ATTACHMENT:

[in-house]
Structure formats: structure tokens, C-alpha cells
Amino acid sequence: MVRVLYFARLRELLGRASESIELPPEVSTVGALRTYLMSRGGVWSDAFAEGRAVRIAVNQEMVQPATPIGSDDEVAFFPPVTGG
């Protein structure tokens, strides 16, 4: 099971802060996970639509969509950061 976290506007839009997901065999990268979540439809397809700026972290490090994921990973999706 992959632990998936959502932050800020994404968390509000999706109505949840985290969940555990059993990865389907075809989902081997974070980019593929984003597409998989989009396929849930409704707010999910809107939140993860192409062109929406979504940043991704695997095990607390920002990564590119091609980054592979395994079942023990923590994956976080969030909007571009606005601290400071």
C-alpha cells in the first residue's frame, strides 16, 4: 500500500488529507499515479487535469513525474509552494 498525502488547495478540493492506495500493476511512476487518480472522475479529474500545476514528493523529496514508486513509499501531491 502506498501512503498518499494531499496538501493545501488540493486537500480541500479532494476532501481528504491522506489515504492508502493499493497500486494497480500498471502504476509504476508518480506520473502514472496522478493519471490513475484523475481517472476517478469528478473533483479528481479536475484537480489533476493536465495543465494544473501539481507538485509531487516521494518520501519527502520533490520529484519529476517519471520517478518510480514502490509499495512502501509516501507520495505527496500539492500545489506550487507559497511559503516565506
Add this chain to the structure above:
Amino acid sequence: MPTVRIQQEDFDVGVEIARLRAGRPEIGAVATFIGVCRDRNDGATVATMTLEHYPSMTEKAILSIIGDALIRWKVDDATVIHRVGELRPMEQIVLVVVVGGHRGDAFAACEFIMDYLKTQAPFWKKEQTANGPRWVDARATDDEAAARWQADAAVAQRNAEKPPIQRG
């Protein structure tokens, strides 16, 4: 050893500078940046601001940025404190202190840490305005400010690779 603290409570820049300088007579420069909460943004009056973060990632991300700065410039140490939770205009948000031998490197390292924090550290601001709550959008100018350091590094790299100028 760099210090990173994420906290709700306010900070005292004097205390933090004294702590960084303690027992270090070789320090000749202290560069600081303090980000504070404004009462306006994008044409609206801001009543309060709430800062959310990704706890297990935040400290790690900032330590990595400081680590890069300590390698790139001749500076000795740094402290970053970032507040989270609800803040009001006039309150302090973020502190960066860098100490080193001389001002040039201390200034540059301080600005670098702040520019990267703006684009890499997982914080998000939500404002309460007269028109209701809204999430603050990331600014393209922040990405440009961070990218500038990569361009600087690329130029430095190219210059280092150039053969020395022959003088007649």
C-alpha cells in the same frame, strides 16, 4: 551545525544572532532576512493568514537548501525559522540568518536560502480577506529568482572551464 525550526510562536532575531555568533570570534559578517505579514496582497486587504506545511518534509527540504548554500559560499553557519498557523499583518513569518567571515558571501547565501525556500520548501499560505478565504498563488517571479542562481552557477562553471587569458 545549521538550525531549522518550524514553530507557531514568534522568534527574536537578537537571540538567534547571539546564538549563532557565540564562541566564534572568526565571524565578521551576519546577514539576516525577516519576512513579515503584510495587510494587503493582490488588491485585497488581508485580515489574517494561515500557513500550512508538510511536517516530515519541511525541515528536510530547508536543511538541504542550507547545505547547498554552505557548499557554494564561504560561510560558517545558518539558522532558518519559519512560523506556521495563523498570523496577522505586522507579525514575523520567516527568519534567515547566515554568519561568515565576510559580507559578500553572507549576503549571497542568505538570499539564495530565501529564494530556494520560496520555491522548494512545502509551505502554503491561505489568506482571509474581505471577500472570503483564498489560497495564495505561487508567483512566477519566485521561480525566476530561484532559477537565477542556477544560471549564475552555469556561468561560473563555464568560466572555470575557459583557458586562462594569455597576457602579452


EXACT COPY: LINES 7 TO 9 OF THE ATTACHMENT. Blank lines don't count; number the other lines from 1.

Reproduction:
Amino acid sequence: MPTVRIQQEDFDVGVEIARLRAGRPEIGAVATFIGVCRDRNDGATVATMTLEHYPSMTEKAILSIIGDALIRWKVDDATVIHRVGELRPMEQIVLVVVVGGHRGDAFAACEFIMDYLKTQAPFWKKEQTANGPRWVDARATDDEAAARWQADAAVAQRNAEKPPIQRG
């Protein structure tokens, strides 16, 4: 050893500078940046601001940025404190202190840490305005400010690779 603290409570820049300088007579420069909460943004009056973060990632991300700065410039140490939770205009948000031998490197390292924090550290601001709550959008100018350091590094790299100028 760099210090990173994420906290709700306010900070005292004097205390933090004294702590960084303690027992270090070789320090000749202290560069600081303090980000504070404004009462306006994008044409609206801001009543309060709430800062959310990704706890297990935040400290790690900032330590990595400081680590890069300590390698790139001749500076000795740094402290970053970032507040989270609800803040009001006039309150302090973020502190960066860098100490080193001389001002040039201390200034540059301080600005670098702040520019990267703006684009890499997982914080998000939500404002309460007269028109209701809204999430603050990331600014393209922040990405440009961070990218500038990569361009600087690329130029430095190219210059280092150039053969020395022959003088007649």
C-alpha cells in the same frame, strides 16, 4: 551545525544572532532576512493568514537548501525559522540568518536560502480577506529568482572551464 525550526510562536532575531555568533570570534559578517505579514496582497486587504506545511518534509527540504548554500559560499553557519498557523499583518513569518567571515558571501547565501525556500520548501499560505478565504498563488517571479542562481552557477562553471587569458 545549521538550525531549522518550524514553530507557531514568534522568534527574536537578537537571540538567534547571539546564538549563532557565540564562541566564534572568526565571524565578521551576519546577514539576516525577516519576512513579515503584510495587510494587503493582490488588491485585497488581508485580515489574517494561515500557513500550512508538510511536517516530515519541511525541515528536510530547508536543511538541504542550507547545505547547498554552505557548499557554494564561504560561510560558517545558518539558522532558518519559519512560523506556521495563523498570523496577522505586522507579525514575523520567516527568519534567515547566515554568519561568515565576510559580507559578500553572507549576503549571497542568505538570499539564495530565501529564494530556494520560496520555491522548494512545502509551505502554503491561505489568506482571509474581505471577500472570503483564498489560497495564495505561487508567483512566477519566485521561480525566476530561484532559477537565477542556477544560471549564475552555469556561468561560473563555464568560466572555470575557459583557458586562462594569455597576457602579452